FORT WAYNE, Ind. (AP) — Members of one of the largest U.S. communities of Burma immigrants held a demonstration Sunday to call attention to sectarian violence targeting Muslims in the Southeast Asian nation.

About 100 former Burma residents who resettled in the Fort Wayne area gathered outside the Allen County Courthouse to protest the violence in their homeland, officially known as Myanmar.

Ex-refugee AyeMin Zaphun tells WANE-TV the protest was called to spread awareness about the Burma government and extremist Buddhists who are targeting Muslims.

Dozens of people were killed last month when violence between Buddhists and minority Muslims shook the central Burma city of Meikhtila. And a pre-dawn fire Tuesday at a religious dormitory at a mosque complex killed 13 children. Authorities blamed the fire on an electrical short circuit, but some Muslims in Burma have said the fire was set intentionally.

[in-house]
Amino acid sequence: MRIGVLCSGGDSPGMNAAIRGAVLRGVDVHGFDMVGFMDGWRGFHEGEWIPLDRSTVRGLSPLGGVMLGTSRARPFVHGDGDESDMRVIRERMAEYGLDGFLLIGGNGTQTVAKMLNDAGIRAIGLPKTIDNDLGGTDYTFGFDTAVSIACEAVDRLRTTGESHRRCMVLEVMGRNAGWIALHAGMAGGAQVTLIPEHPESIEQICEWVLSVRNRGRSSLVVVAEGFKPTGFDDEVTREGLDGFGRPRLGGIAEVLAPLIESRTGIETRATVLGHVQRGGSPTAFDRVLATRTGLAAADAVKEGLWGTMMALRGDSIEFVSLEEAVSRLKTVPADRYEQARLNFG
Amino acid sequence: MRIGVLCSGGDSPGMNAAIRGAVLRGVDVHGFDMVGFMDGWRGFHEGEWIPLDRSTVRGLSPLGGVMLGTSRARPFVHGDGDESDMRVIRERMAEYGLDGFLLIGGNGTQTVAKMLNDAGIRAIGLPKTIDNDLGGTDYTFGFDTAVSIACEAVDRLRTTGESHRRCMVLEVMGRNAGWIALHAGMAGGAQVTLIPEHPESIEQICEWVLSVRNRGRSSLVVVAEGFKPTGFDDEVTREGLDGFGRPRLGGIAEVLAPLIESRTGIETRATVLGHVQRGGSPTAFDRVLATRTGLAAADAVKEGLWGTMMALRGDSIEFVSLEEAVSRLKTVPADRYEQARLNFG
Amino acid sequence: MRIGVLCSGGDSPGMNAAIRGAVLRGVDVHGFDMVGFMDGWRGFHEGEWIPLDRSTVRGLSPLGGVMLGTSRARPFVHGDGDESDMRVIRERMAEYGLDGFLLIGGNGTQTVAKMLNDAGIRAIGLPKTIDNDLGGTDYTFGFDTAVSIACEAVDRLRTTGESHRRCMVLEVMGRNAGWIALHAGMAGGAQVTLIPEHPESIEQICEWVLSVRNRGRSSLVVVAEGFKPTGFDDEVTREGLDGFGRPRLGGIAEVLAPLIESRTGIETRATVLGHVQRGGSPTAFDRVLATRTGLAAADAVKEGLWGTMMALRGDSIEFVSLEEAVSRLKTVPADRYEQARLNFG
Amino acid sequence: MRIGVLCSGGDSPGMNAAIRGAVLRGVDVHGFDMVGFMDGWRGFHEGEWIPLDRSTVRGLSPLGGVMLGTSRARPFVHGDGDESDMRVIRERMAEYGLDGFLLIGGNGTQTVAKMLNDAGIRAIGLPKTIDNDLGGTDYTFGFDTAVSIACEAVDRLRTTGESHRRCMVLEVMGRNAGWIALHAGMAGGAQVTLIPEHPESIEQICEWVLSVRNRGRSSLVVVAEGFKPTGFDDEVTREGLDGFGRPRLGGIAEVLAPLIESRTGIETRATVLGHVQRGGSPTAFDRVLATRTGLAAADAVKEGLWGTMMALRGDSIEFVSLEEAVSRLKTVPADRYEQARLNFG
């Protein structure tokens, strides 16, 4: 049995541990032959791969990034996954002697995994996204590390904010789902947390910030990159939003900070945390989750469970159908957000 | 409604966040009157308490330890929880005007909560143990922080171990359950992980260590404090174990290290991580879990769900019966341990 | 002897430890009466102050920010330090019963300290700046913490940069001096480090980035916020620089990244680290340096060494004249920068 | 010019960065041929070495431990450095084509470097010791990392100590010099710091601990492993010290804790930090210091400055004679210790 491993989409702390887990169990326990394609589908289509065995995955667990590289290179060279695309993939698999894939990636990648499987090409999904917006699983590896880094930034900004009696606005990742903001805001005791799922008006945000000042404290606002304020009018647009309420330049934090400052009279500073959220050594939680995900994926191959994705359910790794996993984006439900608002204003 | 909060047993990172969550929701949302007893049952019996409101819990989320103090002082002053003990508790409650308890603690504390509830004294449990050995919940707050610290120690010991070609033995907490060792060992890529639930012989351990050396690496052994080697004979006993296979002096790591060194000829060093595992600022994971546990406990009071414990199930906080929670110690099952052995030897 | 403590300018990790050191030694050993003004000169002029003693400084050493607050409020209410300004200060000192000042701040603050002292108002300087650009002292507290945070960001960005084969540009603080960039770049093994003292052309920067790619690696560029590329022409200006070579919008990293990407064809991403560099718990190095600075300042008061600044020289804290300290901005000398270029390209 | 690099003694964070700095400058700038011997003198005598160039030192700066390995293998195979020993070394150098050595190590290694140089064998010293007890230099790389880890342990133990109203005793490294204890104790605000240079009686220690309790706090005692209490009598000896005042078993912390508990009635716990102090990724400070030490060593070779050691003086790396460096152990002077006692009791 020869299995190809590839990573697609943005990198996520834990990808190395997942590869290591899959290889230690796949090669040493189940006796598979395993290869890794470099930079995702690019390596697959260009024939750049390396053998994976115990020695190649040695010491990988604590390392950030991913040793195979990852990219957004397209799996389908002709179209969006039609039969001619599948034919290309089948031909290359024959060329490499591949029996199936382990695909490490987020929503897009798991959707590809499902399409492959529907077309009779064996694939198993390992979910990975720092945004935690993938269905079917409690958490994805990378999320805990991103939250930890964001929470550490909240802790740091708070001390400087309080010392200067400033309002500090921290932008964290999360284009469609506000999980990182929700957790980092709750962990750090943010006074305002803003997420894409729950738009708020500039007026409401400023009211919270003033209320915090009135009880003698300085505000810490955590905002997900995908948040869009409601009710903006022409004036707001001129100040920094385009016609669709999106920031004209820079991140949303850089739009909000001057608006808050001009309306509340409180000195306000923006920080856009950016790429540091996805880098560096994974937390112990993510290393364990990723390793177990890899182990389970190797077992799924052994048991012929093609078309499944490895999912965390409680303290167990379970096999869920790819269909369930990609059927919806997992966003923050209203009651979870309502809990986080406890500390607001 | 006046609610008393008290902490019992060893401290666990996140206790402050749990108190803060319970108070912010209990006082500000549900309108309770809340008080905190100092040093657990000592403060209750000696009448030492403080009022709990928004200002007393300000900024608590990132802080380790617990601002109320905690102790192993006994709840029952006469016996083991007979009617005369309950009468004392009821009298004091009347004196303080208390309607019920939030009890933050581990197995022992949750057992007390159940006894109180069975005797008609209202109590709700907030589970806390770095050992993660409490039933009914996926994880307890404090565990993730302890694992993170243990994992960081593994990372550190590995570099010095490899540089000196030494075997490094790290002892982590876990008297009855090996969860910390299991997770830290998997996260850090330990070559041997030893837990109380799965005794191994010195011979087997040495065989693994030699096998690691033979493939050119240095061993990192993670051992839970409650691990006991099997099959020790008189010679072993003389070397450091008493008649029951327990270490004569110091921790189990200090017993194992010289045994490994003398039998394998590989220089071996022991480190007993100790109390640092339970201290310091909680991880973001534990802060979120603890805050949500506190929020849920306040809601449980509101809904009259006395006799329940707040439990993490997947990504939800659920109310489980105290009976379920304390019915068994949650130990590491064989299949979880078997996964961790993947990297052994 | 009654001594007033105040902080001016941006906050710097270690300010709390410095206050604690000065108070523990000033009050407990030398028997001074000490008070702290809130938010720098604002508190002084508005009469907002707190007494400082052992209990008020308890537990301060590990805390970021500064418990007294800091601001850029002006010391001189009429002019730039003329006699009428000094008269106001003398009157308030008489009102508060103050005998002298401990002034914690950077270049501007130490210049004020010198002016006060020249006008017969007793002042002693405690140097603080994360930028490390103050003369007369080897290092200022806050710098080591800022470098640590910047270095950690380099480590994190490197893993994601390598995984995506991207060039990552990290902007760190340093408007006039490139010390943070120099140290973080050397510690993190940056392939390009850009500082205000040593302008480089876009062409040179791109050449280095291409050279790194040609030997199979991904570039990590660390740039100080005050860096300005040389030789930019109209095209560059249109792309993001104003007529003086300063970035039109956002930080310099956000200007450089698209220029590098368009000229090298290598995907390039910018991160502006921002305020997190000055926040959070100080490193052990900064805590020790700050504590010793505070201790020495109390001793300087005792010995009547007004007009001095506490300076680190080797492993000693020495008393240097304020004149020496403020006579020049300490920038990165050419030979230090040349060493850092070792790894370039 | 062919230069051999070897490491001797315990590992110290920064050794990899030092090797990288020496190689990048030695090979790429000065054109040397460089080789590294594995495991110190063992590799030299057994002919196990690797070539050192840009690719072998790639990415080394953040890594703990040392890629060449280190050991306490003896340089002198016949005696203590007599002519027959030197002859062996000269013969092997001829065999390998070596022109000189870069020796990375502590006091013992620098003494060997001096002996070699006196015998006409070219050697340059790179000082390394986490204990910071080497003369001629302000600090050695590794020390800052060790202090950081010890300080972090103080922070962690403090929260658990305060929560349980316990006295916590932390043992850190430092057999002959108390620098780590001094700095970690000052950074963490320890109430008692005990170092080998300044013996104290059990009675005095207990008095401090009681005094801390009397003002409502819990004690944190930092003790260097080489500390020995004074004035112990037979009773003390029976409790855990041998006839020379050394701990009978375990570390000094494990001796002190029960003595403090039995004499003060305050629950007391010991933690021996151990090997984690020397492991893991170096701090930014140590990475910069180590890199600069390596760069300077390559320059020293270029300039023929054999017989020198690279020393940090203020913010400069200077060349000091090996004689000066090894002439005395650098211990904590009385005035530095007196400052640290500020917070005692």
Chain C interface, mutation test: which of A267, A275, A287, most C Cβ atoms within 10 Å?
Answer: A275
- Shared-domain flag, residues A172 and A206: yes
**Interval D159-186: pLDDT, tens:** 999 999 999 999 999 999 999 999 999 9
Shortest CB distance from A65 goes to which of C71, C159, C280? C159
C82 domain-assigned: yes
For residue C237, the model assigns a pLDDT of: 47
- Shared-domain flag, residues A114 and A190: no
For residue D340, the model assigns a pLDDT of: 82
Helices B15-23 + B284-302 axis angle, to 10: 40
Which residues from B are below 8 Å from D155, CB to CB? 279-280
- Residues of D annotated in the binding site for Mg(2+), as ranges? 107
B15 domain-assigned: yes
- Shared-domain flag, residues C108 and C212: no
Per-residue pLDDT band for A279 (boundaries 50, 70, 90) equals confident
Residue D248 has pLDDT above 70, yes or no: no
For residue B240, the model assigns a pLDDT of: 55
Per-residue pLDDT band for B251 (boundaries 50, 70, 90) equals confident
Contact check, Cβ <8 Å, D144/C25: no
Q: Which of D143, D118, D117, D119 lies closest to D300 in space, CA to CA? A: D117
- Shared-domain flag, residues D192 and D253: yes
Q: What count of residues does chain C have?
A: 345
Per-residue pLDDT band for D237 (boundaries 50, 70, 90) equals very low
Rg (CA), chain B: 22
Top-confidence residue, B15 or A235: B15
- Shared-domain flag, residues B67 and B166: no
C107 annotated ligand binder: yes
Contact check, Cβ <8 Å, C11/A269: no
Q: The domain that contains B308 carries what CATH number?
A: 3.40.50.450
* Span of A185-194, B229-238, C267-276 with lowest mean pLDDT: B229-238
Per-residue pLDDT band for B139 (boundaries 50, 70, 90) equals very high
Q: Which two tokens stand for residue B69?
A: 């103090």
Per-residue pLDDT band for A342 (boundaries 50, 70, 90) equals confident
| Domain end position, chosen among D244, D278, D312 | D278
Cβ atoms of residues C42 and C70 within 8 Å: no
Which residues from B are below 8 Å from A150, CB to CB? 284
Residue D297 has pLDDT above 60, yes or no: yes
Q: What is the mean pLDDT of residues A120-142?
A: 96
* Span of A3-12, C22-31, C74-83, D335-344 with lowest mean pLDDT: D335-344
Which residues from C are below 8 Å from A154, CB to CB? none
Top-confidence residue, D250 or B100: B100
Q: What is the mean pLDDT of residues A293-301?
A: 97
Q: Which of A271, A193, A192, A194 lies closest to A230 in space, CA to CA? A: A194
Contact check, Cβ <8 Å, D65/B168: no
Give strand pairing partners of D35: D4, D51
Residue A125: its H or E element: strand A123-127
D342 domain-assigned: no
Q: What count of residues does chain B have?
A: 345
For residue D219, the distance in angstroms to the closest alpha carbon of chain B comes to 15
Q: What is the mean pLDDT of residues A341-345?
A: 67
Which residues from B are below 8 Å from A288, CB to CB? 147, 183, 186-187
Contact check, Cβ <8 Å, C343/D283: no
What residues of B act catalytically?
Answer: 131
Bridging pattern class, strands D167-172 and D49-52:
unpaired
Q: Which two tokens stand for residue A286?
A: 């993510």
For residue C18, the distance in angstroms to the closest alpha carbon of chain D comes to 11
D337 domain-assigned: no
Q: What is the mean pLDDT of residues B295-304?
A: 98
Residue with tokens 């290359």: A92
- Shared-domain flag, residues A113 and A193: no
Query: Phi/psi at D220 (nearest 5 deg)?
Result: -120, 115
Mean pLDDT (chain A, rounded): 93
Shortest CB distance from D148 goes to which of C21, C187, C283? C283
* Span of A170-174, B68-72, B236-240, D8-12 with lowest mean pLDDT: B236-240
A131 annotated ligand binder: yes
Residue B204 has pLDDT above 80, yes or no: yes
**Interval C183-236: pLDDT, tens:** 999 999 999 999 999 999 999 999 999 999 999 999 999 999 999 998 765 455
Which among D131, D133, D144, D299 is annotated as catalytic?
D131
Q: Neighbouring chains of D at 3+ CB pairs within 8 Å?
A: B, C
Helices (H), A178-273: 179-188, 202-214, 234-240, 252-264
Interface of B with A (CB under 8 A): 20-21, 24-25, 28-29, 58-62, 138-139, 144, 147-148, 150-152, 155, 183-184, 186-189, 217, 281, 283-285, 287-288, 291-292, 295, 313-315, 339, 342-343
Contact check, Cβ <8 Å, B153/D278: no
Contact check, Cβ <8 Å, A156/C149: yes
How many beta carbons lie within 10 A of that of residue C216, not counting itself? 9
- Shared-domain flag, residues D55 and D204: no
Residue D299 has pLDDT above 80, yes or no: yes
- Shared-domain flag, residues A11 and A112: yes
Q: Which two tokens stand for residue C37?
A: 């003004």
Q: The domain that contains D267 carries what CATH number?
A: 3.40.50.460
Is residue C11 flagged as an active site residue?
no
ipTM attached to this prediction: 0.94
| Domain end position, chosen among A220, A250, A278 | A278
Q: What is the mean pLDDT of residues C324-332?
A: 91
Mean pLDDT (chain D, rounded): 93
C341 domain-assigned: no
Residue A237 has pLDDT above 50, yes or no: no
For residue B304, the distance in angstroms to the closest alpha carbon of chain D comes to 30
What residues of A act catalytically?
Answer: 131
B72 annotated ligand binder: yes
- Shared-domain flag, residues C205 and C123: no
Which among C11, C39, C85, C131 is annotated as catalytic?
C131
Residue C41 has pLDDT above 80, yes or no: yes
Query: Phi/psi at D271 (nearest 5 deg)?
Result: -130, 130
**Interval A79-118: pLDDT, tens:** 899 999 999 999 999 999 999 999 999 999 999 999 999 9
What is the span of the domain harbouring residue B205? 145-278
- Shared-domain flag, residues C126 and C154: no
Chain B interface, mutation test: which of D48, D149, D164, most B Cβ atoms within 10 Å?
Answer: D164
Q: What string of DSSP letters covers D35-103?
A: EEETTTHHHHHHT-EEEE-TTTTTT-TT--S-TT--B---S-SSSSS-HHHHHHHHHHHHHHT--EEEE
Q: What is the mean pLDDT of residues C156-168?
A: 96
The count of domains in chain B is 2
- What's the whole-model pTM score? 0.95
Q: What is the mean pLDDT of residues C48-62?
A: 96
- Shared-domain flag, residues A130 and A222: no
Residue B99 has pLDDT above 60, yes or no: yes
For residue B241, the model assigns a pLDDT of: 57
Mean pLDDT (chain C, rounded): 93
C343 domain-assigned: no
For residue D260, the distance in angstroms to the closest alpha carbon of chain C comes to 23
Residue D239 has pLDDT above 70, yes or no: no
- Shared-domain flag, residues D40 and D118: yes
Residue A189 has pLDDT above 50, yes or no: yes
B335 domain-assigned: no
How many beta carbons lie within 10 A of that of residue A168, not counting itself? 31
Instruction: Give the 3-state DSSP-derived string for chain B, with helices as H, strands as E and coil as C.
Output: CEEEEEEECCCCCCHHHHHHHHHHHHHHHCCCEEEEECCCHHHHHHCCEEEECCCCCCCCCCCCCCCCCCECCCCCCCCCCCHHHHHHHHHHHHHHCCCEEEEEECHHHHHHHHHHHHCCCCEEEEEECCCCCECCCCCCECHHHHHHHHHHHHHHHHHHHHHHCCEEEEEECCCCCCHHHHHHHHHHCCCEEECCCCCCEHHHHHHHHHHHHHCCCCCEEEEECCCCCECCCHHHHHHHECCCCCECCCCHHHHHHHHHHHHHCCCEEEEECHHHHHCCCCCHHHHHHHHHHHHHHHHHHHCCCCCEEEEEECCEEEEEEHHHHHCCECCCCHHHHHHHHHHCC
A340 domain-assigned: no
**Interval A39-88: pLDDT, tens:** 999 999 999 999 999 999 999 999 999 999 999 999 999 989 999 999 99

“We want the world to know that in Burma, innocent people are dying. They’re burning children alive,” Zaphun said.

One demonstrator held up a sign saying “Where is justice for them?” and showing what appeared to be the ruins of the dormitory.

Zaphun said some of the Fort Wayne immigrants will travel to New York City in the next couple of weeks to hold protests there.

Fort Wayne is home to more than 6,000 immigrants from Burma, making it one of the largest U.S. communities of Burma immigrants. The city was a stop last September during the U.S. tour of Burma opposition leader Aung San Suu Kyi. Many of the immigrants are Christian or Muslim.

Occasional isolated violence involving Burma’s majority Buddhist and minority Muslim communities has occurred for decades, even under the authoritarian military governments that ruled the country from 1962 to 2011.